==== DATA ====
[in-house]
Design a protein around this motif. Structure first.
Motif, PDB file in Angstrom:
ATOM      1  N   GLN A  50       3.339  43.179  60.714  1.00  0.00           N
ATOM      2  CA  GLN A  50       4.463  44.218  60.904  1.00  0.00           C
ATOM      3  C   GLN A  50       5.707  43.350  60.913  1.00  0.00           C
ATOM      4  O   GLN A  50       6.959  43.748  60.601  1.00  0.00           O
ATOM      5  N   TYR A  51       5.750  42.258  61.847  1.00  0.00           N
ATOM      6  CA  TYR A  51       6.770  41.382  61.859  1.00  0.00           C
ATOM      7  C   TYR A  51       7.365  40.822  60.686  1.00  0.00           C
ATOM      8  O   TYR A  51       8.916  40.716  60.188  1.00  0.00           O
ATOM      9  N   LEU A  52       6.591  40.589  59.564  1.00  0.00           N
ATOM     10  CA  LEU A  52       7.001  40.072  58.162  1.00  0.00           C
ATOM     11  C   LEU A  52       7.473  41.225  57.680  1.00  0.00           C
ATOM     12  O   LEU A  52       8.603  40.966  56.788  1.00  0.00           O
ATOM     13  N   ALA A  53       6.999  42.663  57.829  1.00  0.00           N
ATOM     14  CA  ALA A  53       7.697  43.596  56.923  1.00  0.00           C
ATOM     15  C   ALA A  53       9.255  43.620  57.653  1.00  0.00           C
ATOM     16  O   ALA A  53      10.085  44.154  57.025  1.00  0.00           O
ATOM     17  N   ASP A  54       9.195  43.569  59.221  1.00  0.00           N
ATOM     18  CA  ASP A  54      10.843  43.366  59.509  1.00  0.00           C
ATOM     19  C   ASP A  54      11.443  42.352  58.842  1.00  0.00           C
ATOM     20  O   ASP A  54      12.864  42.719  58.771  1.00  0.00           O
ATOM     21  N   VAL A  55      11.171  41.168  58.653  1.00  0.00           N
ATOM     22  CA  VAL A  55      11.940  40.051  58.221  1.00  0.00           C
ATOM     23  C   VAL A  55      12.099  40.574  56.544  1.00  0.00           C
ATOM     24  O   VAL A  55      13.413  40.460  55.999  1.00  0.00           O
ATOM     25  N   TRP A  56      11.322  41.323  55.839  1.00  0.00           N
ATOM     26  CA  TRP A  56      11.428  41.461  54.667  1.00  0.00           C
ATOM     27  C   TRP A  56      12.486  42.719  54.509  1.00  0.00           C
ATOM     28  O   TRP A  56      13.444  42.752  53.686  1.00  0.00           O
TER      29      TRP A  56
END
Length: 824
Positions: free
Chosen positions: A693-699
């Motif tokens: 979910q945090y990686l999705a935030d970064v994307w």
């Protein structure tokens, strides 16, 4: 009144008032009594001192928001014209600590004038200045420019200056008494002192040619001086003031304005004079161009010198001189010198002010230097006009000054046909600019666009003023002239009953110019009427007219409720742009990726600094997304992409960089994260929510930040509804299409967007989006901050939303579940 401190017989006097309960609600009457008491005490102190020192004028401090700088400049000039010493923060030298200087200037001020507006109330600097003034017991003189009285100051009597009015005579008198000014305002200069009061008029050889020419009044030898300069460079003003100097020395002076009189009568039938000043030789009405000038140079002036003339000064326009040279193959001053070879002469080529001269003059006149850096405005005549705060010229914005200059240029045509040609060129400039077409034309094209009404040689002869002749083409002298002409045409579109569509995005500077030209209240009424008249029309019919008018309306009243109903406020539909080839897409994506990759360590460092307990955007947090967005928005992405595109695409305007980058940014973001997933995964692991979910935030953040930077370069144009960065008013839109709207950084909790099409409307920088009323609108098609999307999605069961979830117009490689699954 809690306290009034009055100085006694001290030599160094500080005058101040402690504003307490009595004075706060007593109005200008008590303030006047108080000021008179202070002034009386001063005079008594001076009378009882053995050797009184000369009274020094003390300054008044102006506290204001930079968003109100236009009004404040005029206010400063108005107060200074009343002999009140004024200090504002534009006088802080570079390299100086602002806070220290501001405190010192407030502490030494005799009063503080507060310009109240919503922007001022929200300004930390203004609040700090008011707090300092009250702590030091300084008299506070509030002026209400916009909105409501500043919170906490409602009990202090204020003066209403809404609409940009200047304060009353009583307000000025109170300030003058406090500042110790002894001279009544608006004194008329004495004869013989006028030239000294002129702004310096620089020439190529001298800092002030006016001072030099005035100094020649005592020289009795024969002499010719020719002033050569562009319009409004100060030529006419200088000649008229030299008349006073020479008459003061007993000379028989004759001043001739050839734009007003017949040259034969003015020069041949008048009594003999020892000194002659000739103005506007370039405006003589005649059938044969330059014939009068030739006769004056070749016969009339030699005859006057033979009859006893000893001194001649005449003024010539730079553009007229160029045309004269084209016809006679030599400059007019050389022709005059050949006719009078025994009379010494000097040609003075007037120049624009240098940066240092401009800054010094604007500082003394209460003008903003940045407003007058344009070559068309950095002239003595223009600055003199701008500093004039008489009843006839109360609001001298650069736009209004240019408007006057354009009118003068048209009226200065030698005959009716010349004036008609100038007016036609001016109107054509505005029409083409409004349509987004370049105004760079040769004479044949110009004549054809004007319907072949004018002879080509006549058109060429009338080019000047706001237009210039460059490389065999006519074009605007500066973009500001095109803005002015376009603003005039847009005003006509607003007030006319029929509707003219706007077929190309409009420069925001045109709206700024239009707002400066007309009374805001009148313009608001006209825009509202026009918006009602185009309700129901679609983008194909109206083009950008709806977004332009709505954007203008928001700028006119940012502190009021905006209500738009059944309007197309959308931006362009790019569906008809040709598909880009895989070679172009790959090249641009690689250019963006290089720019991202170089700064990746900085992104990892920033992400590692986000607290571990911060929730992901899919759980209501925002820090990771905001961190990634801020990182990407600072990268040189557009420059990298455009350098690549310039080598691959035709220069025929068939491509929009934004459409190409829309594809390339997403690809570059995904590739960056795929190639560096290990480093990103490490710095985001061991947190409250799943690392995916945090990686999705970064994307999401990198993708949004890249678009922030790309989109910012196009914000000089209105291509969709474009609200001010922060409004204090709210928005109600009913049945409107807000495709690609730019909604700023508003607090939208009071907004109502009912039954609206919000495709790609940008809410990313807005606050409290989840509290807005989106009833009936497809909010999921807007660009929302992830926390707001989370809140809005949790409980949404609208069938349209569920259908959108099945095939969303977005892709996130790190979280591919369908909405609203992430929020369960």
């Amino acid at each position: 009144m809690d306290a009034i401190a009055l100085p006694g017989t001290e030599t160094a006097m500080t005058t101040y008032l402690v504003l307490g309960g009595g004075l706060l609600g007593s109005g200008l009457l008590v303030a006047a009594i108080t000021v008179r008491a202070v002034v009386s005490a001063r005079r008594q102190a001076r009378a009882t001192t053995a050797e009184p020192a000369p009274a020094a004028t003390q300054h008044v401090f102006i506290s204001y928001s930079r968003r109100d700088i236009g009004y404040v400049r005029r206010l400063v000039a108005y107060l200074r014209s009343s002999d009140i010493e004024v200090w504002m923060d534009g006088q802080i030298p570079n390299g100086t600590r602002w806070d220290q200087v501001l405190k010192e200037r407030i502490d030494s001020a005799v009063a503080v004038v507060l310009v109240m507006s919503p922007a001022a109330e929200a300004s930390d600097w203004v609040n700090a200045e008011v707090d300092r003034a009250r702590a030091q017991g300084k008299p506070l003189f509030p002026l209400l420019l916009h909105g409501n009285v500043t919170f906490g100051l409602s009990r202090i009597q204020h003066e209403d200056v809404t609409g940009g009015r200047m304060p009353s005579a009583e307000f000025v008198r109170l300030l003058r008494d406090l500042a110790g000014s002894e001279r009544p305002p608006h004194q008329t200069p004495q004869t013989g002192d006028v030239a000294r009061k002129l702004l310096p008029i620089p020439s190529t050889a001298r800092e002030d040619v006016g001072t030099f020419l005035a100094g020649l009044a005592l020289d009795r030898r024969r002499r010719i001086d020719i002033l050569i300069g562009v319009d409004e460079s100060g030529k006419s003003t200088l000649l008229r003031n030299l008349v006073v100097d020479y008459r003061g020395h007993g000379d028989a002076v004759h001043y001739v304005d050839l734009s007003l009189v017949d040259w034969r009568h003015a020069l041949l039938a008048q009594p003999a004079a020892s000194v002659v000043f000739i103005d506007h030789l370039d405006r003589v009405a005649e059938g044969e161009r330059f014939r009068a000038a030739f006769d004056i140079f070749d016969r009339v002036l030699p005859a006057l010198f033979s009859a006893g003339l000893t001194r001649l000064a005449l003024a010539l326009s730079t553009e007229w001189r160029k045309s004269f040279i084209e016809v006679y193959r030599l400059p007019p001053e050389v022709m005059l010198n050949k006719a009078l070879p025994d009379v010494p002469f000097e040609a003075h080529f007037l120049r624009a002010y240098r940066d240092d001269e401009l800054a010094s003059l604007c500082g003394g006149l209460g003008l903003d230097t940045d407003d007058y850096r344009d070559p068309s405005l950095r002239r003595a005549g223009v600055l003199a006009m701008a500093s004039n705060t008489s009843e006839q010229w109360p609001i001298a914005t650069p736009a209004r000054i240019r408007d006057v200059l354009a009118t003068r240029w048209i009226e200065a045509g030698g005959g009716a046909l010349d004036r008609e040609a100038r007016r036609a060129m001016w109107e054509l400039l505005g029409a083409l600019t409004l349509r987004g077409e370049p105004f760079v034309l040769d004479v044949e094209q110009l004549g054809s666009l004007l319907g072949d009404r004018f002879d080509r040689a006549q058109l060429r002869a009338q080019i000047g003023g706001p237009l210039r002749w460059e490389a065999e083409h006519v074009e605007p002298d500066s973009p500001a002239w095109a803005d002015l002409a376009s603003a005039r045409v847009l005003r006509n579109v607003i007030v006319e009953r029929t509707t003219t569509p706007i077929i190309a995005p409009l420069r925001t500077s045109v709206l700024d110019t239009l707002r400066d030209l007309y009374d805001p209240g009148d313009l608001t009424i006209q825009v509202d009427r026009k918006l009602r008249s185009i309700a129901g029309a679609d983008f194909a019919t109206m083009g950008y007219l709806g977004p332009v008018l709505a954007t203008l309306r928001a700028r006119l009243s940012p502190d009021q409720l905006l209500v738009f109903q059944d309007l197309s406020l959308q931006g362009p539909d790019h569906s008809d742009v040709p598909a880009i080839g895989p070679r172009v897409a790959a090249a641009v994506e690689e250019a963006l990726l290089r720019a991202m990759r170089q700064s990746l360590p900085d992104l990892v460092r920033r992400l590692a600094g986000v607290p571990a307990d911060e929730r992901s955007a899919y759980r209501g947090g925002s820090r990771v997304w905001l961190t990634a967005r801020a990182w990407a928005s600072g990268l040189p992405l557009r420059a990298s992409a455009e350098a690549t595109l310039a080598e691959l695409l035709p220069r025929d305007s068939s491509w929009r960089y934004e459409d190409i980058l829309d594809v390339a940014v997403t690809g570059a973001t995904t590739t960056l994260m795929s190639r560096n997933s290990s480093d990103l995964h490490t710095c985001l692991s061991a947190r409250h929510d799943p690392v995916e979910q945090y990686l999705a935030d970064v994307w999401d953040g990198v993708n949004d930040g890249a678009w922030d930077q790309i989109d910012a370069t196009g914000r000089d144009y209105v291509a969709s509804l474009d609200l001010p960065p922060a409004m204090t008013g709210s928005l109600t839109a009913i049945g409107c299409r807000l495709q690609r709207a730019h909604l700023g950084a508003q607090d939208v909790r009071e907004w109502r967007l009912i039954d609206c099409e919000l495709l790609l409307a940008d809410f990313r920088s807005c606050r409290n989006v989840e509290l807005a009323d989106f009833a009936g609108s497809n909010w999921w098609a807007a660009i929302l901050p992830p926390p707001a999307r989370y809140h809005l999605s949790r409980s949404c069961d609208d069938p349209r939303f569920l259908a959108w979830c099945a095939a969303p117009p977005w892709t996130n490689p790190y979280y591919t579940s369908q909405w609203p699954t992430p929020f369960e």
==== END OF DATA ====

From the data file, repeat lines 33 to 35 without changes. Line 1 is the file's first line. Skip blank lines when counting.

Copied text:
END
Length: 824
Positions: free